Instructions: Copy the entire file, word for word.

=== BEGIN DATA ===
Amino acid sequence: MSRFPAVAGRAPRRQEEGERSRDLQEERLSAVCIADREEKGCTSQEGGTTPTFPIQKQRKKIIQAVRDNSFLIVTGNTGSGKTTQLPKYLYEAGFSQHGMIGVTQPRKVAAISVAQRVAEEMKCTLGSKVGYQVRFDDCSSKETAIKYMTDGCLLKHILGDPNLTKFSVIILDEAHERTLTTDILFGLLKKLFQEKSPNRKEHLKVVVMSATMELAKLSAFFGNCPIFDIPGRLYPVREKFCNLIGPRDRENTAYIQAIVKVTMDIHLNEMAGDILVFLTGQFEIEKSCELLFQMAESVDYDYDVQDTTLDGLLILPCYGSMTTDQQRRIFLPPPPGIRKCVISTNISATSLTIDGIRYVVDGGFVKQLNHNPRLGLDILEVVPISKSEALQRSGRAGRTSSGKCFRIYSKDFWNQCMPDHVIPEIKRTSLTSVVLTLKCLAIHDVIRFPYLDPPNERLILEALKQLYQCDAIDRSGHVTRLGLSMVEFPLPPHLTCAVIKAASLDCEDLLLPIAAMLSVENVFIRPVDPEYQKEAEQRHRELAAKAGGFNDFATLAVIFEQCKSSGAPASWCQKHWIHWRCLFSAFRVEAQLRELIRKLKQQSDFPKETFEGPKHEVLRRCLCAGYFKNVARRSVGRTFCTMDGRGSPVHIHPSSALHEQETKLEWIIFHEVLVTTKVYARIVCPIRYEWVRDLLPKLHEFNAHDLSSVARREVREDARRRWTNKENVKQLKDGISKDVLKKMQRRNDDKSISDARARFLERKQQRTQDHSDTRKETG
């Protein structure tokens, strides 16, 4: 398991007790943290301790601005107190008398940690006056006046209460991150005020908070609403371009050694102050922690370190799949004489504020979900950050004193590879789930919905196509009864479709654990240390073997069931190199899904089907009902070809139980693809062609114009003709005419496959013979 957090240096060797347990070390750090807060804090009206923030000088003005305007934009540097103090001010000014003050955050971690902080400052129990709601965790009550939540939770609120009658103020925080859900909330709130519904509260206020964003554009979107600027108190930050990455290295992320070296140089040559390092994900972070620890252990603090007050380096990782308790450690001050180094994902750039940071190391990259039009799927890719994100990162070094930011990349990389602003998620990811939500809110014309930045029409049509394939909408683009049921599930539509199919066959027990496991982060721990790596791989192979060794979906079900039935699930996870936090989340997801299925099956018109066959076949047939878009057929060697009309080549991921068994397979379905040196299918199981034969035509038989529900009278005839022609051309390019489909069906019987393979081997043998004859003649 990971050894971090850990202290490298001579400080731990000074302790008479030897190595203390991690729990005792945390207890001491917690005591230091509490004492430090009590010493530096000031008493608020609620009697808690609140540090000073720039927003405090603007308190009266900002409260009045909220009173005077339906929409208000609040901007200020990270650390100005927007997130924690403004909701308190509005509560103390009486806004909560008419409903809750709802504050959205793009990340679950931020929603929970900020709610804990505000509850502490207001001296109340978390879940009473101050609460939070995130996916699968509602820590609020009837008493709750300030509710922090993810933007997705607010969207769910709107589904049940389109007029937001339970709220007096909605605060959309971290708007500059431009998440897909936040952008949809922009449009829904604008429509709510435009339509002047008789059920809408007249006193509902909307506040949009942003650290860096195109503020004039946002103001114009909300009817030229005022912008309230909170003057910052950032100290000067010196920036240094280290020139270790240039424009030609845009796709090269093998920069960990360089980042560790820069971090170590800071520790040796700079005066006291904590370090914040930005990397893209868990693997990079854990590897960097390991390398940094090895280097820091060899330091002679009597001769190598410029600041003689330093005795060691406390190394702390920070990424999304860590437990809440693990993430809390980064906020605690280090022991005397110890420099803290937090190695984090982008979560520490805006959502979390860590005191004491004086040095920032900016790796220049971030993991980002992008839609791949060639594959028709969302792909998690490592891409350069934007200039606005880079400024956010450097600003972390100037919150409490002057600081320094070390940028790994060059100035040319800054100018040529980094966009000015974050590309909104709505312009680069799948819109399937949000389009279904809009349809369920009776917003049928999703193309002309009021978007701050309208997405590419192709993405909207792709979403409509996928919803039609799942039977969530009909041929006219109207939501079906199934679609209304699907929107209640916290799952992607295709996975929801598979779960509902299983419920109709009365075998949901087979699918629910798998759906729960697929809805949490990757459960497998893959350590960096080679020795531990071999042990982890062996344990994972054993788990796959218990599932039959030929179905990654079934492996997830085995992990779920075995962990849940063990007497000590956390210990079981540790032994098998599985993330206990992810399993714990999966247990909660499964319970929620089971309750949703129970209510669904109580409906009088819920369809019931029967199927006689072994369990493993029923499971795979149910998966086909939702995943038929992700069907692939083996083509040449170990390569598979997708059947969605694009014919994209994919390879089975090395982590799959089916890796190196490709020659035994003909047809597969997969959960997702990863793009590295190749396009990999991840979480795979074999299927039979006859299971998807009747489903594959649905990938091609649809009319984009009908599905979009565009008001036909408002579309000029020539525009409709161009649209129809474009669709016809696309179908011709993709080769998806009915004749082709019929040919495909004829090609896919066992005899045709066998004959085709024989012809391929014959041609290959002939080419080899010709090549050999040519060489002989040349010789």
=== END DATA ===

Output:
Amino acid sequence: MSRFPAVAGRAPRRQEEGERSRDLQEERLSAVCIADREEKGCTSQEGGTTPTFPIQKQRKKIIQAVRDNSFLIVTGNTGSGKTTQLPKYLYEAGFSQHGMIGVTQPRKVAAISVAQRVAEEMKCTLGSKVGYQVRFDDCSSKETAIKYMTDGCLLKHILGDPNLTKFSVIILDEAHERTLTTDILFGLLKKLFQEKSPNRKEHLKVVVMSATMELAKLSAFFGNCPIFDIPGRLYPVREKFCNLIGPRDRENTAYIQAIVKVTMDIHLNEMAGDILVFLTGQFEIEKSCELLFQMAESVDYDYDVQDTTLDGLLILPCYGSMTTDQQRRIFLPPPPGIRKCVISTNISATSLTIDGIRYVVDGGFVKQLNHNPRLGLDILEVVPISKSEALQRSGRAGRTSSGKCFRIYSKDFWNQCMPDHVIPEIKRTSLTSVVLTLKCLAIHDVIRFPYLDPPNERLILEALKQLYQCDAIDRSGHVTRLGLSMVEFPLPPHLTCAVIKAASLDCEDLLLPIAAMLSVENVFIRPVDPEYQKEAEQRHRELAAKAGGFNDFATLAVIFEQCKSSGAPASWCQKHWIHWRCLFSAFRVEAQLRELIRKLKQQSDFPKETFEGPKHEVLRRCLCAGYFKNVARRSVGRTFCTMDGRGSPVHIHPSSALHEQETKLEWIIFHEVLVTTKVYARIVCPIRYEWVRDLLPKLHEFNAHDLSSVARREVREDARRRWTNKENVKQLKDGISKDVLKKMQRRNDDKSISDARARFLERKQQRTQDHSDTRKETG
């Protein structure tokens, strides 16, 4: 398991007790943290301790601005107190008398940690006056006046209460991150005020908070609403371009050694102050922690370190799949004489504020979900950050004193590879789930919905196509009864479709654990240390073997069931190199899904089907009902070809139980693809062609114009003709005419496959013979 957090240096060797347990070390750090807060804090009206923030000088003005305007934009540097103090001010000014003050955050971690902080400052129990709601965790009550939540939770609120009658103020925080859900909330709130519904509260206020964003554009979107600027108190930050990455290295992320070296140089040559390092994900972070620890252990603090007050380096990782308790450690001050180094994902750039940071190391990259039009799927890719994100990162070094930011990349990389602003998620990811939500809110014309930045029409049509394939909408683009049921599930539509199919066959027990496991982060721990790596791989192979060794979906079900039935699930996870936090989340997801299925099956018109066959076949047939878009057929060697009309080549991921068994397979379905040196299918199981034969035509038989529900009278005839022609051309390019489909069906019987393979081997043998004859003649 990971050894971090850990202290490298001579400080731990000074302790008479030897190595203390991690729990005792945390207890001491917690005591230091509490004492430090009590010493530096000031008493608020609620009697808690609140540090000073720039927003405090603007308190009266900002409260009045909220009173005077339906929409208000609040901007200020990270650390100005927007997130924690403004909701308190509005509560103390009486806004909560008419409903809750709802504050959205793009990340679950931020929603929970900020709610804990505000509850502490207001001296109340978390879940009473101050609460939070995130996916699968509602820590609020009837008493709750300030509710922090993810933007997705607010969207769910709107589904049940389109007029937001339970709220007096909605605060959309971290708007500059431009998440897909936040952008949809922009449009829904604008429509709510435009339509002047008789059920809408007249006193509902909307506040949009942003650290860096195109503020004039946002103001114009909300009817030229005022912008309230909170003057910052950032100290000067010196920036240094280290020139270790240039424009030609845009796709090269093998920069960990360089980042560790820069971090170590800071520790040796700079005066006291904590370090914040930005990397893209868990693997990079854990590897960097390991390398940094090895280097820091060899330091002679009597001769190598410029600041003689330093005795060691406390190394702390920070990424999304860590437990809440693990993430809390980064906020605690280090022991005397110890420099803290937090190695984090982008979560520490805006959502979390860590005191004491004086040095920032900016790796220049971030993991980002992008839609791949060639594959028709969302792909998690490592891409350069934007200039606005880079400024956010450097600003972390100037919150409490002057600081320094070390940028790994060059100035040319800054100018040529980094966009000015974050590309909104709505312009680069799948819109399937949000389009279904809009349809369920009776917003049928999703193309002309009021978007701050309208997405590419192709993405909207792709979403409509996928919803039609799942039977969530009909041929006219109207939501079906199934679609209304699907929107209640916290799952992607295709996975929801598979779960509902299983419920109709009365075998949901087979699918629910798998759906729960697929809805949490990757459960497998893959350590960096080679020795531990071999042990982890062996344990994972054993788990796959218990599932039959030929179905990654079934492996997830085995992990779920075995962990849940063990007497000590956390210990079981540790032994098998599985993330206990992810399993714990999966247990909660499964319970929620089971309750949703129970209510669904109580409906009088819920369809019931029967199927006689072994369990493993029923499971795979149910998966086909939702995943038929992700069907692939083996083509040449170990390569598979997708059947969605694009014919994209994919390879089975090395982590799959089916890796190196490709020659035994003909047809597969997969959960997702990863793009590295190749396009990999991840979480795979074999299927039979006859299971998807009747489903594959649905990938091609649809009319984009009908599905979009565009008001036909408002579309000029020539525009409709161009649209129809474009669709016809696309179908011709993709080769998806009915004749082709019929040919495909004829090609896919066992005899045709066998004959085709024989012809391929014959041609290959002939080419080899010709090549050999040519060489002989040349010789």